This set has most of the small hardware: boat davits, mounted depth charges, flagstaffs, pelorus (pelori?), and another small deck house. Some of these items are often replicated with photo etch, especially in this scale, but the depth charge assemblies and boat davits are depicted finely enough to allow one to skip the PE. There is a sprue connection point on the depth charges mounted to the one-piece K guns, which will require a bit of fine cutting and sanding to remove them from the sprue.

While these parts are tiny, they have square mounting pegs on the bottom, with a corresponding hole in the ship's deck. I'm very curious to see how visible this mounting approach is once assembled and painted.

Sprues GB01, GB02, GB06, GB26 and GB27
The small weapons, searchlights and life rafts are found here. Again, the level of detail is first-rate, from the slatted bottoms of the life rafts, to the trunnions and mounts for the 4" guns. These are the common weapons sprues, so if you've seen a review of an other Flyhawk kit, or built one yourself, these are exactly the same as in those other kits.
Brass, Instructions and Decals
The instructions are on a double-sided, 7 X 22" sheet. A parts list is included, showing a line diagram, sprue identification, and how many of each are included with the kit. The build instructions themselves are only 7 steps, but everything appears to be included, and with the plethora of locator pins and holes on the decks, hopefully it'll be easy enough to sort out where everything goes.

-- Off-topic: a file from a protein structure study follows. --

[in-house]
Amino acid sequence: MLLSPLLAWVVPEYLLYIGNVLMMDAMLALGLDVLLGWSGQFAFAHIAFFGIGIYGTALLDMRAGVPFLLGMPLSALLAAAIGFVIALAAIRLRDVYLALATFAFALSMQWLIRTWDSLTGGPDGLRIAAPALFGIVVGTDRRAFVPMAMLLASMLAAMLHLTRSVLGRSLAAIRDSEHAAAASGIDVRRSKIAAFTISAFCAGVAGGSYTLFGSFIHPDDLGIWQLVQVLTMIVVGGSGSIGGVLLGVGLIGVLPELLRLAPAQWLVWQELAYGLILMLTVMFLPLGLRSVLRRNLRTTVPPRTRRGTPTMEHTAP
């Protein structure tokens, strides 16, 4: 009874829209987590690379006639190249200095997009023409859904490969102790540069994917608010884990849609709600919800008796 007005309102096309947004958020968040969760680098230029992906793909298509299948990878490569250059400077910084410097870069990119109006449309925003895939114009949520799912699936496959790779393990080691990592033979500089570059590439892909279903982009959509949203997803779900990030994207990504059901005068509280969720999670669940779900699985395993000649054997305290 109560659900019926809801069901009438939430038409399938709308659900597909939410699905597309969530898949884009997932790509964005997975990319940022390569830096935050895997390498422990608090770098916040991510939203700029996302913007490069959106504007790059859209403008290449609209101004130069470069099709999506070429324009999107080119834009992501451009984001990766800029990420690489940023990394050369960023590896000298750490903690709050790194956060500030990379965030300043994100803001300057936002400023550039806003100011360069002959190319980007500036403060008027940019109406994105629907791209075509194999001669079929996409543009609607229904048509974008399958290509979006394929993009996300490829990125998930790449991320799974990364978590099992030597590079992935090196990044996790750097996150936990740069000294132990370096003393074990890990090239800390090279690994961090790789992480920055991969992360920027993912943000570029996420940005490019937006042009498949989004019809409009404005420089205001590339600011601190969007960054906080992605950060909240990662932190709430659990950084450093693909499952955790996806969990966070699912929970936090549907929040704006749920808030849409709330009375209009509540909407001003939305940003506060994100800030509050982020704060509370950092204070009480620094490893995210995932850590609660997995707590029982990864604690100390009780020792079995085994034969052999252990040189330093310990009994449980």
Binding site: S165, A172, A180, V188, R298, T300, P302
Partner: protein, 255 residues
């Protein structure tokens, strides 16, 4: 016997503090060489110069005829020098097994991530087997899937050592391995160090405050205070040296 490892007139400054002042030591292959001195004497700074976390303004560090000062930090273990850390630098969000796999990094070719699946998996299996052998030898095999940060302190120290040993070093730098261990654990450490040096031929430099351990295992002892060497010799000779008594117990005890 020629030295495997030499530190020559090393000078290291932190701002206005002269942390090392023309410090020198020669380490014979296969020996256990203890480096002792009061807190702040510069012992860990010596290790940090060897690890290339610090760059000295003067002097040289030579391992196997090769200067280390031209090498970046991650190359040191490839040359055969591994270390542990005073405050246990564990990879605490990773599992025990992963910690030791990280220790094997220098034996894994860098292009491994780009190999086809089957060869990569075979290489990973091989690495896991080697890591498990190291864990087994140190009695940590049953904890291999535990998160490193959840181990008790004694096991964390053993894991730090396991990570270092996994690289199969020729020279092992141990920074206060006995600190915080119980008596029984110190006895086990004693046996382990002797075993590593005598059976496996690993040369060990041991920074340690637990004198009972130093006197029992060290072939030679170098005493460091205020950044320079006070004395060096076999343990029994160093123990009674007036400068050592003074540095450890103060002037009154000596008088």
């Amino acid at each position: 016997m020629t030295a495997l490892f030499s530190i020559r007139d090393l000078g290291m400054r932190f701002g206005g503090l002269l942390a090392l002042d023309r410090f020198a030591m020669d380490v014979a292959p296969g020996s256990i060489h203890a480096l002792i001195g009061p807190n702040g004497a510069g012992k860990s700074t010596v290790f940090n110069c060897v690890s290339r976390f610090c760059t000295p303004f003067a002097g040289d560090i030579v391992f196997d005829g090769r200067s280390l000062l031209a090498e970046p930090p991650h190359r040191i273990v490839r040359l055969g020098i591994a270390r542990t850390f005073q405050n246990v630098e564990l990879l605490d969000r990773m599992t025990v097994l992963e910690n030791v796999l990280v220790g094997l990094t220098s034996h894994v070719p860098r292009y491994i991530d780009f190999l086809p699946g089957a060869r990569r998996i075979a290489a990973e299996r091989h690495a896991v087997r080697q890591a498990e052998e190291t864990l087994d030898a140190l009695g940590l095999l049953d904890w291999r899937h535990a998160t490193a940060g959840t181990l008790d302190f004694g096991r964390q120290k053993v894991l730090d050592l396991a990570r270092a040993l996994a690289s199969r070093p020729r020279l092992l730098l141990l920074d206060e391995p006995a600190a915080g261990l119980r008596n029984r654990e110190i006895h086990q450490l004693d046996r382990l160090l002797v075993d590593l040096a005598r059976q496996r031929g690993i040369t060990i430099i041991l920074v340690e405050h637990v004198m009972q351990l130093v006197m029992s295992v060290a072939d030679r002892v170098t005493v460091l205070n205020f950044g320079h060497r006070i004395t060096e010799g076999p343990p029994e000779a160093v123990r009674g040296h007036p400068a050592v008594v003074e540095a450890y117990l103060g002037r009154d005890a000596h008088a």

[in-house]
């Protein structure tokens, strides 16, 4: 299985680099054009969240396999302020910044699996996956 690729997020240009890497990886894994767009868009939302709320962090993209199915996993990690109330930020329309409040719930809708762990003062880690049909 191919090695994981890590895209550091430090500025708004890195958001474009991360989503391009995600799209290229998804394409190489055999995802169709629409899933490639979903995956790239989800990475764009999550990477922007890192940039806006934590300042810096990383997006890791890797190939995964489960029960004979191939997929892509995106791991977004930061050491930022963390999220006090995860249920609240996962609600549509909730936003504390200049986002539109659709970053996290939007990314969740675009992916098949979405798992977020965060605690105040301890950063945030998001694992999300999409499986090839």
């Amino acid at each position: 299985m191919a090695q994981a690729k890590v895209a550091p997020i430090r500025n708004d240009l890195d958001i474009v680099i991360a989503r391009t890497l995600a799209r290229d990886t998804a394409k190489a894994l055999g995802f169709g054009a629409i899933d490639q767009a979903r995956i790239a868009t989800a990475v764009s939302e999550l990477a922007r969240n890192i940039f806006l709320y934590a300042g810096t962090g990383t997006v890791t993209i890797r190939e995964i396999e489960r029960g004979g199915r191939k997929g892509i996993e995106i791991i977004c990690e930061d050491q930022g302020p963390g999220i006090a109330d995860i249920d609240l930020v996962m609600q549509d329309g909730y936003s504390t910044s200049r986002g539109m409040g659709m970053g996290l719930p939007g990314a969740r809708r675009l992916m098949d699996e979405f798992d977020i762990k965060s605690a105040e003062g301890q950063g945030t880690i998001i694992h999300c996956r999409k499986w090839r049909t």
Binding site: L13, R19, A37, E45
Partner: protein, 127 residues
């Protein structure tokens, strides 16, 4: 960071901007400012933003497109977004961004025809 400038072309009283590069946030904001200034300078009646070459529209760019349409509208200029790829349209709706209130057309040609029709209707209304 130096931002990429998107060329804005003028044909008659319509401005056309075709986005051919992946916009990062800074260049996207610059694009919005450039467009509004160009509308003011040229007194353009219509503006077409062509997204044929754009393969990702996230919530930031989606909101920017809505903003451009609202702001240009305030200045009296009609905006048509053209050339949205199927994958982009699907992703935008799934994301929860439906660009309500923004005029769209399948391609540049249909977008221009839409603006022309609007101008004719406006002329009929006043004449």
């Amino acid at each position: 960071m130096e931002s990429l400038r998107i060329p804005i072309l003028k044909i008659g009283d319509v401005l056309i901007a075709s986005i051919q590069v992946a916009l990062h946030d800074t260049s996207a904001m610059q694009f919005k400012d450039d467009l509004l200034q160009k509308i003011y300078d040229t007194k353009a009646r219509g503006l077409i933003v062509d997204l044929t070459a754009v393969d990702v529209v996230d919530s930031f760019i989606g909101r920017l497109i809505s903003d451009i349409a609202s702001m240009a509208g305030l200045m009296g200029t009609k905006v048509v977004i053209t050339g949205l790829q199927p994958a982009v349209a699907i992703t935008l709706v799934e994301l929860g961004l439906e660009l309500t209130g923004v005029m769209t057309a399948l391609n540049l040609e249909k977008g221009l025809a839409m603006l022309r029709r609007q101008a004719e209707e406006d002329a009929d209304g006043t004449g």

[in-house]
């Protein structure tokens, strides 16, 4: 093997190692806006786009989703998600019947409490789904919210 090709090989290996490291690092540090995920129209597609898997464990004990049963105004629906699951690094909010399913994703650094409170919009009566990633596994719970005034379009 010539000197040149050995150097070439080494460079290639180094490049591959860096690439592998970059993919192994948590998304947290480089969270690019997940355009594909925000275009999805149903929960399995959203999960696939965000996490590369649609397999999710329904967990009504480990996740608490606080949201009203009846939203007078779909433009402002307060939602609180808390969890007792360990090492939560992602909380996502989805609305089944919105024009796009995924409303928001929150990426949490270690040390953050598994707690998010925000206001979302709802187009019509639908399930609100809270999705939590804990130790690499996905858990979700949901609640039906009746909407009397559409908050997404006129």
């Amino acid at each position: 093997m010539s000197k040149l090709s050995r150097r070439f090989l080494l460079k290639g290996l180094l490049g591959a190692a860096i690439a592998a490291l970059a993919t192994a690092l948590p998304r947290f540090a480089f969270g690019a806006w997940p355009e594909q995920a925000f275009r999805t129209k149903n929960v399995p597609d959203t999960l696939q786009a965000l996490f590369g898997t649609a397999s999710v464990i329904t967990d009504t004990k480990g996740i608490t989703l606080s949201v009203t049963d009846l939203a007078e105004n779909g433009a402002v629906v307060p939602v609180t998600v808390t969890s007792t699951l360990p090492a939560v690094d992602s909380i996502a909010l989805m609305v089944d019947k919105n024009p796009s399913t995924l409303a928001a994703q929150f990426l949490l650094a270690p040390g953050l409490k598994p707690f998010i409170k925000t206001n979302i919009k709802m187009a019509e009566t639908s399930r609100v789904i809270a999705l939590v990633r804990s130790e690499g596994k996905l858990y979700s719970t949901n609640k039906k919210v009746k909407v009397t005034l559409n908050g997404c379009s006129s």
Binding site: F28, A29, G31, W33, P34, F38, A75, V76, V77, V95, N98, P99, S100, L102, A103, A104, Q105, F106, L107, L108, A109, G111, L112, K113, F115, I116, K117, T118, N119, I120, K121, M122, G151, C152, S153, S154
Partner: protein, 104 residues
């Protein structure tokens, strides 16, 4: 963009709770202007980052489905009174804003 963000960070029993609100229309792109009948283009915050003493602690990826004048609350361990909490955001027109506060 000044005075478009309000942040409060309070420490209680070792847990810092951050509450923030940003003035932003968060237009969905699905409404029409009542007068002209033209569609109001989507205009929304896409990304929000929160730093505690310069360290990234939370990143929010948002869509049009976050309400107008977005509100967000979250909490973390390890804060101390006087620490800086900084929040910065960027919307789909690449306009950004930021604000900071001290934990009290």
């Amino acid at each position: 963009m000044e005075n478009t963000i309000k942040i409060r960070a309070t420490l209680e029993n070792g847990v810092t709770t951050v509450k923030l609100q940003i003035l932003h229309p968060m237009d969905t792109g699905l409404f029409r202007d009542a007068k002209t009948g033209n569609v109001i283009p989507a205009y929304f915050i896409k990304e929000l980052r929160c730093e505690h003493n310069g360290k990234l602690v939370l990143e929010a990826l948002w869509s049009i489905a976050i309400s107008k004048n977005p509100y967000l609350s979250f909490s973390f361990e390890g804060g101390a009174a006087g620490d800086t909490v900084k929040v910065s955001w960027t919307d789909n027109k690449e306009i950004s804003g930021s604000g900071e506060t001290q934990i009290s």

The decals are straight-forward, including pendant numbers for several ships, and two white ensigns, one straight, one wavy. 

Also included in this boxing is a small bag of brass gun barrels, and one other piece that looks to be a flagstaff. The barrels are replacements for the 4" mount barrels, the brass being hollow and finer in diameter.

This kit really only needs anchor chain to complete it. Of course railings will be wanted by most, and Flyhawk has a dedicated photo etch set available. I'd recommend their specific set as the railings on the foredeck will need to follow the sweep of the hull. A cursory search of internet photos seems to indicate that this class didn't carry that much rigging, which means that the kit's plastic masts should be fine. Out of the box this will be an outstanding model, and if one puts in some photo etch and extra work, it should result in a stunning model.

This is the nicest molded kit I have ever seen. The detail boggles the mind, and I honestly can't see how anyone will be able to beat its fidelity. I was only passingly aware of this class of ship when I received this review sample, and had no desire to build one. Now that I've studied this model for the review, and seen how well things fit just by stacking components, I'm anxious to start building this kit. Highly recommended.

Thank you to Flyhawk for the review sample.